That definately seems like a logical explanation.They were paying for the parts and then also had to pay the factory workers there hourly rate to do the alterations.However long it took them to custom fit the pcs.I had recently bought four alum nose pcs that are reproductions and if these are anything like they were back then i can see why they stopped using them.They are going to need alot of sanding.
 

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Tractorholic
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866 Posts
What is really sad is that minor changes to either the dash, or the dash tower would of keep 90% of the damage down. There is just too little for the dash to sit on.
 

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Member
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60 Posts
I remember reading about the older Jags (cars) that were built out of aluminum (most body panels) they had same problem everything had to over bent and hopefully would go into place when die was released but they said they scrapped alot of parts so i believe it about dashs not quite as expensive parts just ship it.
 

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Elf guardian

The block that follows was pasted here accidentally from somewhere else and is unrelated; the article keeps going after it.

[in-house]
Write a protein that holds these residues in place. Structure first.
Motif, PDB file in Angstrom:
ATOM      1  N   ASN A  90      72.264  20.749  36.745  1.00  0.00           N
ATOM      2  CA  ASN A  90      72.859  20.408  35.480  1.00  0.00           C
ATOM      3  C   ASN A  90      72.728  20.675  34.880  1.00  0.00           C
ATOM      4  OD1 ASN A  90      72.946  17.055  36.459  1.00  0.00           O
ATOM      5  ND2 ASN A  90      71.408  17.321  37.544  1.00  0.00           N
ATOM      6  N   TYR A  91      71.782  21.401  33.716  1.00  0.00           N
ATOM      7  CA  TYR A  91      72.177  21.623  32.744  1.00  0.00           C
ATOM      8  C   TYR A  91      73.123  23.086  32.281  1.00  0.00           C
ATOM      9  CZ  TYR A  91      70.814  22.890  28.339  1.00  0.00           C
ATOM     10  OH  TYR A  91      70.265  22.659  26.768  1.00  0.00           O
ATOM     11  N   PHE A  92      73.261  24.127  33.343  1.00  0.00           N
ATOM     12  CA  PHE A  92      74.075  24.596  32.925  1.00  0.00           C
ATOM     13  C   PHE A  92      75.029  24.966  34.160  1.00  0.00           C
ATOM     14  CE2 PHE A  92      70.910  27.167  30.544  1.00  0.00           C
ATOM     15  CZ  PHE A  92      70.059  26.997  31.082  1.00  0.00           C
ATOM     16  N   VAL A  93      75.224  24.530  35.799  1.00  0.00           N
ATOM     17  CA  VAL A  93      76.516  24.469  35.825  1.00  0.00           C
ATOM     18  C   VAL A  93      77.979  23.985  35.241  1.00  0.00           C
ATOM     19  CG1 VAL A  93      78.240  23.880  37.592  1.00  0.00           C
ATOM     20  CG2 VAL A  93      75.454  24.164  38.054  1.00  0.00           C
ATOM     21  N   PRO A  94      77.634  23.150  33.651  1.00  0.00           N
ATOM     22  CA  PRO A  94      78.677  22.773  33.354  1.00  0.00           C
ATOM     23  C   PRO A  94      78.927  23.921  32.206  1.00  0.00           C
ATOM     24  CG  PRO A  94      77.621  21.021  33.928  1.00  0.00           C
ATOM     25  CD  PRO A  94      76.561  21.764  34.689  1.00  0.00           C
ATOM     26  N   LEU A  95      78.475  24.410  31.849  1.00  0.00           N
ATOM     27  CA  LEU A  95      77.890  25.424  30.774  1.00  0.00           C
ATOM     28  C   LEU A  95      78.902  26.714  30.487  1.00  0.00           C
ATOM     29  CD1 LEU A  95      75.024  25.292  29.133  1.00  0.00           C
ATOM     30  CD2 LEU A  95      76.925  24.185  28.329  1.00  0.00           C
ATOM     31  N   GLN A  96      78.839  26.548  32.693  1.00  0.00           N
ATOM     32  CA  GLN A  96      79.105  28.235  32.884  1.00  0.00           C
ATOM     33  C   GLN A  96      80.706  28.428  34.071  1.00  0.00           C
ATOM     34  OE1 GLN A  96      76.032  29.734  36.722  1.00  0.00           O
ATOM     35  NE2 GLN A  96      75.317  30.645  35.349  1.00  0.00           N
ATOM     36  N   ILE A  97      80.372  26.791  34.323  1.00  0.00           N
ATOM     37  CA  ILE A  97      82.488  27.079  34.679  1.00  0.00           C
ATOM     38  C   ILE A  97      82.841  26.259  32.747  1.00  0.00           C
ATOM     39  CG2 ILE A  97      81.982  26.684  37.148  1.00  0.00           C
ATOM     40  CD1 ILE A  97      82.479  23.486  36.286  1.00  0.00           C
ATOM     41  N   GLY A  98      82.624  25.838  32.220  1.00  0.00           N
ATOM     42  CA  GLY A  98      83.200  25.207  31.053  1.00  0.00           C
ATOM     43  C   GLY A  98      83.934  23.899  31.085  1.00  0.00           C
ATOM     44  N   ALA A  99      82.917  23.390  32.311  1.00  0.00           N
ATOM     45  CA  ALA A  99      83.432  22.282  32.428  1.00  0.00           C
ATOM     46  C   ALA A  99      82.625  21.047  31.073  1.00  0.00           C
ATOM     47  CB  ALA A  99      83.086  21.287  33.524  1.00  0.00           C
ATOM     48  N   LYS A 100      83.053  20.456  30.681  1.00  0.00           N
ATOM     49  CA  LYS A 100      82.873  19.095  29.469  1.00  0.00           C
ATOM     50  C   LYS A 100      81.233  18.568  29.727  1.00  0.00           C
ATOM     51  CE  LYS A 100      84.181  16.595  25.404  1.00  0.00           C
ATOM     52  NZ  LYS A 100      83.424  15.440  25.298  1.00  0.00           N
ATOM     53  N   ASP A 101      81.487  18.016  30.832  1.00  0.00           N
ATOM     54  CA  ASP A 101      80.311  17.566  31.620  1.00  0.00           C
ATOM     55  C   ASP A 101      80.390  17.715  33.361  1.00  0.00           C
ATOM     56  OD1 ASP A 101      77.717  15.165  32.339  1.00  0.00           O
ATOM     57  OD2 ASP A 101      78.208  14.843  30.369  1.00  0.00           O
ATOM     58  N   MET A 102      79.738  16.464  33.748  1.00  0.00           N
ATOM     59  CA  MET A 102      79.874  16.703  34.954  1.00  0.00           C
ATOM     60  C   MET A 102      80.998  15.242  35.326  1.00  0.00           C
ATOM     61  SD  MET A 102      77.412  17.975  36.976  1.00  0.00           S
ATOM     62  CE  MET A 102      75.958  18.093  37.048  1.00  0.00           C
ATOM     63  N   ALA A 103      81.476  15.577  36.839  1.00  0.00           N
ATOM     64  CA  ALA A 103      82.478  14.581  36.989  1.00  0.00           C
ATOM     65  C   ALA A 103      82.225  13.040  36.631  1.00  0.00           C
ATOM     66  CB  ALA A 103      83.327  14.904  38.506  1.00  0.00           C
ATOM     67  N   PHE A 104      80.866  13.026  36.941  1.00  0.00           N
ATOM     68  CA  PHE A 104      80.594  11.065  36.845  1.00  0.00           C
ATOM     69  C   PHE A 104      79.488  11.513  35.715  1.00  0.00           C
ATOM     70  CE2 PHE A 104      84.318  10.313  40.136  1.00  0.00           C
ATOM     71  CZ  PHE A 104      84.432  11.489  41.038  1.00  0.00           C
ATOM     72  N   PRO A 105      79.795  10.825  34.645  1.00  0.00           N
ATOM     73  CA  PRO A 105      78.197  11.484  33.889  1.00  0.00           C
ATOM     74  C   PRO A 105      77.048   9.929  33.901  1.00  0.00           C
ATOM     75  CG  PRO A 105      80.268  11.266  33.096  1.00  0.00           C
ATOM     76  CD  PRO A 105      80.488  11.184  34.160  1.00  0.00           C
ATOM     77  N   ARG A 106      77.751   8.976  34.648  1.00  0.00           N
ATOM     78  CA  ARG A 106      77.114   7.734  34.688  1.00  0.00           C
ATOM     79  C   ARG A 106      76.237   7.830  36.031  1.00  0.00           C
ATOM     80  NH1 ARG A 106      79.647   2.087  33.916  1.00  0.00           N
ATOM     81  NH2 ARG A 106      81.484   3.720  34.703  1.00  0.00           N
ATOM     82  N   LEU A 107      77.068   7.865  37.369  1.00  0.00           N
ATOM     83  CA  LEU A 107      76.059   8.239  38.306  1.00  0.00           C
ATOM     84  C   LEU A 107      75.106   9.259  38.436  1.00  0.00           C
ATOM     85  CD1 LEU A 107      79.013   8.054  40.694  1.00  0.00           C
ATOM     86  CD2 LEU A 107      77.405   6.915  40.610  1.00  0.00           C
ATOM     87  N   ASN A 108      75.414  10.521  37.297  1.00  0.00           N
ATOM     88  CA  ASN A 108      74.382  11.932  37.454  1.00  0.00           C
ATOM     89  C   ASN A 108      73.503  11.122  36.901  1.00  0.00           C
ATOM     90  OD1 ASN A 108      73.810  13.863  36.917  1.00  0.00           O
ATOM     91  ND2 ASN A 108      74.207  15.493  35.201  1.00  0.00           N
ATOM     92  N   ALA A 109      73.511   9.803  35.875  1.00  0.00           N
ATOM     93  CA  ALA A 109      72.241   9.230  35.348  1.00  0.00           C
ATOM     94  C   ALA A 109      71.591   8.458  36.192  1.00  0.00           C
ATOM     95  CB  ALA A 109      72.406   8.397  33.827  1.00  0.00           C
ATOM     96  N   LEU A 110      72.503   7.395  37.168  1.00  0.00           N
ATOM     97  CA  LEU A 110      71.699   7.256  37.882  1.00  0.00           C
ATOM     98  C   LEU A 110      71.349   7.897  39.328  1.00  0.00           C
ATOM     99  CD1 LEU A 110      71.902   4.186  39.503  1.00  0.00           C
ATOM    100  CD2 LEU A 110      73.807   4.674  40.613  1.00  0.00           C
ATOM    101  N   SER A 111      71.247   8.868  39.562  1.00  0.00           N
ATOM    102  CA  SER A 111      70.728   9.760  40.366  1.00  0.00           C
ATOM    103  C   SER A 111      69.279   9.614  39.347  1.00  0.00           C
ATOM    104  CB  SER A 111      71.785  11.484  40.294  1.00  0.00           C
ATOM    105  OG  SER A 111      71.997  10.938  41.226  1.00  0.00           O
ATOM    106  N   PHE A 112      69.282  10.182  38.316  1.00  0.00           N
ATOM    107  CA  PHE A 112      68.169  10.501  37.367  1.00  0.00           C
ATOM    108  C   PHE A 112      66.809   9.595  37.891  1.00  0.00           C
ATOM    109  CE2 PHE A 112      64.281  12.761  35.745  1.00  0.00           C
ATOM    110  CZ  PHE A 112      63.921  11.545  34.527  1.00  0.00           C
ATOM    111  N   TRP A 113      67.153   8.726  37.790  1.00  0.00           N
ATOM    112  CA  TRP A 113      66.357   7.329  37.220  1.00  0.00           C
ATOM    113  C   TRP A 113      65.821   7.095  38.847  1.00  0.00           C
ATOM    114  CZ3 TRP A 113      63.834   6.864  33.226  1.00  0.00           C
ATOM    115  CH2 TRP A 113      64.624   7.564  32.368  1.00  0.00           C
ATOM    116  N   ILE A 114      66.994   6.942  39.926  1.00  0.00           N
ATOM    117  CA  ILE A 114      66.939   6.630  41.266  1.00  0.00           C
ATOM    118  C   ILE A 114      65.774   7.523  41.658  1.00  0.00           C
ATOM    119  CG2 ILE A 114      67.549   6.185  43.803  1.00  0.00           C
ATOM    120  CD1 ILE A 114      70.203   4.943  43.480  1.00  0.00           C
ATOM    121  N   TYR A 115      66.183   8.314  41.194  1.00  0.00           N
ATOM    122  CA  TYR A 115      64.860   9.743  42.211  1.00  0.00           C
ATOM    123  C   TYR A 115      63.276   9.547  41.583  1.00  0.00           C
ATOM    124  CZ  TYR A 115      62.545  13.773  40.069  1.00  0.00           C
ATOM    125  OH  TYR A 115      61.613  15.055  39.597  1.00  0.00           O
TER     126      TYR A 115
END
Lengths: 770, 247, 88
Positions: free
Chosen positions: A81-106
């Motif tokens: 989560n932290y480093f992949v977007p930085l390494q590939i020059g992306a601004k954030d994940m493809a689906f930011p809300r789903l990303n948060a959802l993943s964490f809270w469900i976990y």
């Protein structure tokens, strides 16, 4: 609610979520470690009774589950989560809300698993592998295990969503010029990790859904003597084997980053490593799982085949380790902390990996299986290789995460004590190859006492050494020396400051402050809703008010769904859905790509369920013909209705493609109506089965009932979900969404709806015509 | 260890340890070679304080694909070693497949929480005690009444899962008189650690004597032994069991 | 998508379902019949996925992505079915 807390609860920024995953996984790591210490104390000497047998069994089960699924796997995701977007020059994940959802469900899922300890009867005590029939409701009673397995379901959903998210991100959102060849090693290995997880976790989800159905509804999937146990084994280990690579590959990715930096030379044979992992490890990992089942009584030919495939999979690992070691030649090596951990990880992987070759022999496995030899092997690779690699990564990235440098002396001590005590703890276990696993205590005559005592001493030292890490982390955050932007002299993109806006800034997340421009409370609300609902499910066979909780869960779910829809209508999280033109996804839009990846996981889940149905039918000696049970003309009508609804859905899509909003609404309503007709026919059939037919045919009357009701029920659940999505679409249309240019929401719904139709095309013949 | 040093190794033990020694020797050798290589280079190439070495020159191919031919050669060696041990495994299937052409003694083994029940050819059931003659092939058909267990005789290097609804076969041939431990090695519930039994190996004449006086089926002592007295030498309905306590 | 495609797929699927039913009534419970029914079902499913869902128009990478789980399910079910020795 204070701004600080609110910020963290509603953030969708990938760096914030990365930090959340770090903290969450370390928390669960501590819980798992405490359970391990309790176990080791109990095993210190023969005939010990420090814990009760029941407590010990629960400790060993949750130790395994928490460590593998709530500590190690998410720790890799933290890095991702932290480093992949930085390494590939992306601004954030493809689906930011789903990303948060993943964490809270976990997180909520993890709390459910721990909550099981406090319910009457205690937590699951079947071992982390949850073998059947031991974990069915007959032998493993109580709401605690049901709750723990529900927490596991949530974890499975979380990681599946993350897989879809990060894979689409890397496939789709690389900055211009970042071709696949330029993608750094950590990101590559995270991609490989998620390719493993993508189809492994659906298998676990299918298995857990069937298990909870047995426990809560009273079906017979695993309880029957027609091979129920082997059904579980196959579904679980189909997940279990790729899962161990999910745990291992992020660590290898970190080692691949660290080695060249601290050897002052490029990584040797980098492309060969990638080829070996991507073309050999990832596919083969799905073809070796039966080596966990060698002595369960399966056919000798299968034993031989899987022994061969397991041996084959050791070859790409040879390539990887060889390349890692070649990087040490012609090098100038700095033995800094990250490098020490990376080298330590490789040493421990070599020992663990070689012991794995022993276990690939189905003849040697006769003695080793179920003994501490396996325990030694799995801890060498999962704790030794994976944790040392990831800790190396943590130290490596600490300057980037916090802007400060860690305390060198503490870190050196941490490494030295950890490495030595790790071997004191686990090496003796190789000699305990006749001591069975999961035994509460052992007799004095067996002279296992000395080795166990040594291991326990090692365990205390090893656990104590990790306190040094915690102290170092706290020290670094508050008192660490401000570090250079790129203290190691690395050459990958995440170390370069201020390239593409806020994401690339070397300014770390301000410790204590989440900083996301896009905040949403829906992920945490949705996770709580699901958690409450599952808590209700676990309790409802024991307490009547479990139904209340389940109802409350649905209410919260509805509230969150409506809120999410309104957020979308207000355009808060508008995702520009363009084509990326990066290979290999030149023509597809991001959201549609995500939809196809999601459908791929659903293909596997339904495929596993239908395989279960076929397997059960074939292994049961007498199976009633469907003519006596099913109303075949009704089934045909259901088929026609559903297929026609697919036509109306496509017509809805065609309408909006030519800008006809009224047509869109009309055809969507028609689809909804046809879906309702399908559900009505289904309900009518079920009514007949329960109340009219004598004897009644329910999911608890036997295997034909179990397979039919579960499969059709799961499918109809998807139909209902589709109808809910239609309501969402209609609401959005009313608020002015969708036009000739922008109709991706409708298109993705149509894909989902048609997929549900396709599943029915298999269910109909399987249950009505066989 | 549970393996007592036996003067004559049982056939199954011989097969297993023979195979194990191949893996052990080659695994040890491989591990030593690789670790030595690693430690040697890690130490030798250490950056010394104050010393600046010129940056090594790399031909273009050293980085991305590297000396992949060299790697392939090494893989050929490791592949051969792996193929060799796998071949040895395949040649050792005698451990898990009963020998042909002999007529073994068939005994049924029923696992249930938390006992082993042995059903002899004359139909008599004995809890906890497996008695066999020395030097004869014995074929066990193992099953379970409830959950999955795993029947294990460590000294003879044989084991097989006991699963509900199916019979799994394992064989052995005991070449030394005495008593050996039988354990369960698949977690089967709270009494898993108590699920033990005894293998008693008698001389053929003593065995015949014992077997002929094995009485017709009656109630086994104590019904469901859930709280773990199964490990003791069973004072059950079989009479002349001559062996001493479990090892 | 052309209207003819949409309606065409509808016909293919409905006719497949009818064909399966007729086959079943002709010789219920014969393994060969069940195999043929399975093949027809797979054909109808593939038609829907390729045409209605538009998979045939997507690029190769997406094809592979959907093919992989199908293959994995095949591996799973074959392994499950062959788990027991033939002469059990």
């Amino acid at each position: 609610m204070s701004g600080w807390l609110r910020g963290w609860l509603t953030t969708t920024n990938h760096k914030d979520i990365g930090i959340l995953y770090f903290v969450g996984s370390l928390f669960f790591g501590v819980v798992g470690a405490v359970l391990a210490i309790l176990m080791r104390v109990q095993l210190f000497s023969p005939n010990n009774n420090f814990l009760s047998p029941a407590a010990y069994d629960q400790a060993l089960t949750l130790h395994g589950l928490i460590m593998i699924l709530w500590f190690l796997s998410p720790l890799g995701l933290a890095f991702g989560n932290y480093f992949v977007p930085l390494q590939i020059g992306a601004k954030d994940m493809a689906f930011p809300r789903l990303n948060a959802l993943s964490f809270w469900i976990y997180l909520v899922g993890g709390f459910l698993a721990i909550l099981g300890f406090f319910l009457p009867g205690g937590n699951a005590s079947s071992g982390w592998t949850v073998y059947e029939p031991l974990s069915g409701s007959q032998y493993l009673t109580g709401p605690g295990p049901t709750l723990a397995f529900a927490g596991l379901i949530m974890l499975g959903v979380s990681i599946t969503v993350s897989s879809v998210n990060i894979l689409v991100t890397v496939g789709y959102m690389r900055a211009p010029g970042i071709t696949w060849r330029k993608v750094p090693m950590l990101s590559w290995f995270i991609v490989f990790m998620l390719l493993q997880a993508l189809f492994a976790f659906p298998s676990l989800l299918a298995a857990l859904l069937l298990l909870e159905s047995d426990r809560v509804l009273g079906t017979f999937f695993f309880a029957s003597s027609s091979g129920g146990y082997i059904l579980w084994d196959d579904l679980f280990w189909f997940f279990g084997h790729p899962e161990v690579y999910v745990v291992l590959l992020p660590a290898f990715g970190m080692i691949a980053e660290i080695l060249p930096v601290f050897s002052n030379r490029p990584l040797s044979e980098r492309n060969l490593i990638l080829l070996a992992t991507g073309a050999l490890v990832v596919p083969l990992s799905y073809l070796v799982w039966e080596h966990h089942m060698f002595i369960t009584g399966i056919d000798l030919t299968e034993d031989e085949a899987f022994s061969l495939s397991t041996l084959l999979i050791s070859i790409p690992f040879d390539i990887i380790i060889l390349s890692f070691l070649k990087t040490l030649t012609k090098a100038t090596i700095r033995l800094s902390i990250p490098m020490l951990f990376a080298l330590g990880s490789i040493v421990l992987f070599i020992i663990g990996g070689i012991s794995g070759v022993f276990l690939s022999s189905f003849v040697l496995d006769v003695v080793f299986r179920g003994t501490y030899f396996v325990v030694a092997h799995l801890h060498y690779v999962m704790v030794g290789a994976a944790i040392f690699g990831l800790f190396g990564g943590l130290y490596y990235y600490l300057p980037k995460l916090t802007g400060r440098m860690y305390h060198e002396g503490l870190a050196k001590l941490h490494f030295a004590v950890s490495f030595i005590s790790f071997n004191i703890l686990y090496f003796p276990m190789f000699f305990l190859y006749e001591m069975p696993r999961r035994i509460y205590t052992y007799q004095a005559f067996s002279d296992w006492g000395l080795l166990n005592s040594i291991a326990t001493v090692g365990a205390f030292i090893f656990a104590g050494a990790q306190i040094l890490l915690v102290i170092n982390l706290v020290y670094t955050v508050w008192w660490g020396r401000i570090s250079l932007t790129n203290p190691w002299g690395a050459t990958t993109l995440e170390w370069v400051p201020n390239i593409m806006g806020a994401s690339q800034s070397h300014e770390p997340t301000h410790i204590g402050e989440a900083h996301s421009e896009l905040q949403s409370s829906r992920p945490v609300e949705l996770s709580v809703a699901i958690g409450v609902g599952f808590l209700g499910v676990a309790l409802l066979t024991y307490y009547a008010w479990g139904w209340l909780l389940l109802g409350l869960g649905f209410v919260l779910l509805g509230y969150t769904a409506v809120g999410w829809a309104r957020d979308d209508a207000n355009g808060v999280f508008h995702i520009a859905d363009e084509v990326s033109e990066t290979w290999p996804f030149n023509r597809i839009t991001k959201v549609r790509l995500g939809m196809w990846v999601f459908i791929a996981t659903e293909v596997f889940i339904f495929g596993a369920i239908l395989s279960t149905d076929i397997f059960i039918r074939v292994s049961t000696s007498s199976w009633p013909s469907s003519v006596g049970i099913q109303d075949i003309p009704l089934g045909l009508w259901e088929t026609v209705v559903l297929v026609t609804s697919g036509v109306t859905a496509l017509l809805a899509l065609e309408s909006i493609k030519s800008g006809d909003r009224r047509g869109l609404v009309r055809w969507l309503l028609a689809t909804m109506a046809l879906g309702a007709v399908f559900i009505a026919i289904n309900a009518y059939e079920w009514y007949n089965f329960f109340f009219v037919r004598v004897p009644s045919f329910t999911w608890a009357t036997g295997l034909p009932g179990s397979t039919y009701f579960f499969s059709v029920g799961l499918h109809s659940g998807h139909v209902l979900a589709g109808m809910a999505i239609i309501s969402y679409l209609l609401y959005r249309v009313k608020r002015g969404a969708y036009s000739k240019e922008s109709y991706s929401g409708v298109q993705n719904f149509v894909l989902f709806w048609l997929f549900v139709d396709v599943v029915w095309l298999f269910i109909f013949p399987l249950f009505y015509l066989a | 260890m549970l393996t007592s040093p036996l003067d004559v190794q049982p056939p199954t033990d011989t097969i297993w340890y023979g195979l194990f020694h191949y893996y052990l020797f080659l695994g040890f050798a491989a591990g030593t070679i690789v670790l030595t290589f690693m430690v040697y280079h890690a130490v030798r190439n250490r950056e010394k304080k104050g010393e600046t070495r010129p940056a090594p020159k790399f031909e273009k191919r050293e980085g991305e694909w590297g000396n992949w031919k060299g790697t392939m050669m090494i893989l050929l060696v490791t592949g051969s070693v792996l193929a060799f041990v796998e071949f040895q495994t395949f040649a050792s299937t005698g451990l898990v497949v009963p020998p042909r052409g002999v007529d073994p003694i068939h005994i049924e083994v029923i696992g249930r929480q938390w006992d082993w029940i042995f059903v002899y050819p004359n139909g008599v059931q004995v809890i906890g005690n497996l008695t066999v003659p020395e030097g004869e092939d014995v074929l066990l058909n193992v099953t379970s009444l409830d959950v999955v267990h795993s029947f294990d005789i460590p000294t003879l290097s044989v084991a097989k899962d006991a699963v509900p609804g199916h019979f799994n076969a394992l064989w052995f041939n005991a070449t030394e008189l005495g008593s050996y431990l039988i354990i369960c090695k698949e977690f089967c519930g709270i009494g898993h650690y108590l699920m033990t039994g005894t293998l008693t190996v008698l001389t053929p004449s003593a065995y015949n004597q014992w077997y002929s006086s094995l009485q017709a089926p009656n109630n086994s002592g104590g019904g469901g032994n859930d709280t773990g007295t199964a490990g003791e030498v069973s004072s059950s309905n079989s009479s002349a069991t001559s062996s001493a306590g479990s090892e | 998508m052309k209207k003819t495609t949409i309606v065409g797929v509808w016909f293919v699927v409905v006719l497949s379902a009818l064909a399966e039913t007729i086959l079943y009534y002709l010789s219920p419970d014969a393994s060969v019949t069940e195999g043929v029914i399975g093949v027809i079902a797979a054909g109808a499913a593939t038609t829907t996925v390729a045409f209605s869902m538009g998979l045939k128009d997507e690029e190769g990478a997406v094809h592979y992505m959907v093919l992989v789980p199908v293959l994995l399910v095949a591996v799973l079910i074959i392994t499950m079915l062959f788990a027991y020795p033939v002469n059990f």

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7,712 Posts
The cast aluminum grill on the Elf, also has a slight twist to it, and I tried for quite
some time to tweak things. I just couldn't get the hood to fit to it nicely, and have good
looking seams, so I "made alterations as necessary". I added a small pie shaped
piece to the side of the hood, on one side.
 

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Super Moderator
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54,363 Posts
No pics? You're falling down on the job here, Will!
 
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Super Moderator
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54,363 Posts
Sure, it'll take a couple days, but I'll git-r-dun!
 

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Tractorholic
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507 Posts
The cast aluminum grill on the Elf, also has a slight twist to it, and I tried for quite
some time to tweak things. I just couldn't get the hood to fit to it nicely, and have good
looking seams, so I "made alterations as necessary". I added a small pie shaped
piece to the side of the hood, on one side.
Got a woodburner in that tractor mansion of yours? Lay the grill on top and prop the corners to where you want them to end up. Apply weight to the corners and wait for spring. It'll gradually straighten out a bit every time the stove gets hot.

I do my cast aluminum griddle every few years like that. It goes wonky with use until one corner is about a 1/2" higher than the other 3. The griddle takes about 25 lb of weight and about 1.5 months to straighten out with normal fire in my small airtight. Your grill will probably need more weight because it's thicker.
 

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Elf guardian
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7,712 Posts
Thanks for the tip Bob, but somehow, I just can't see myself cooking that grill for that long.
Elf needs to be driven.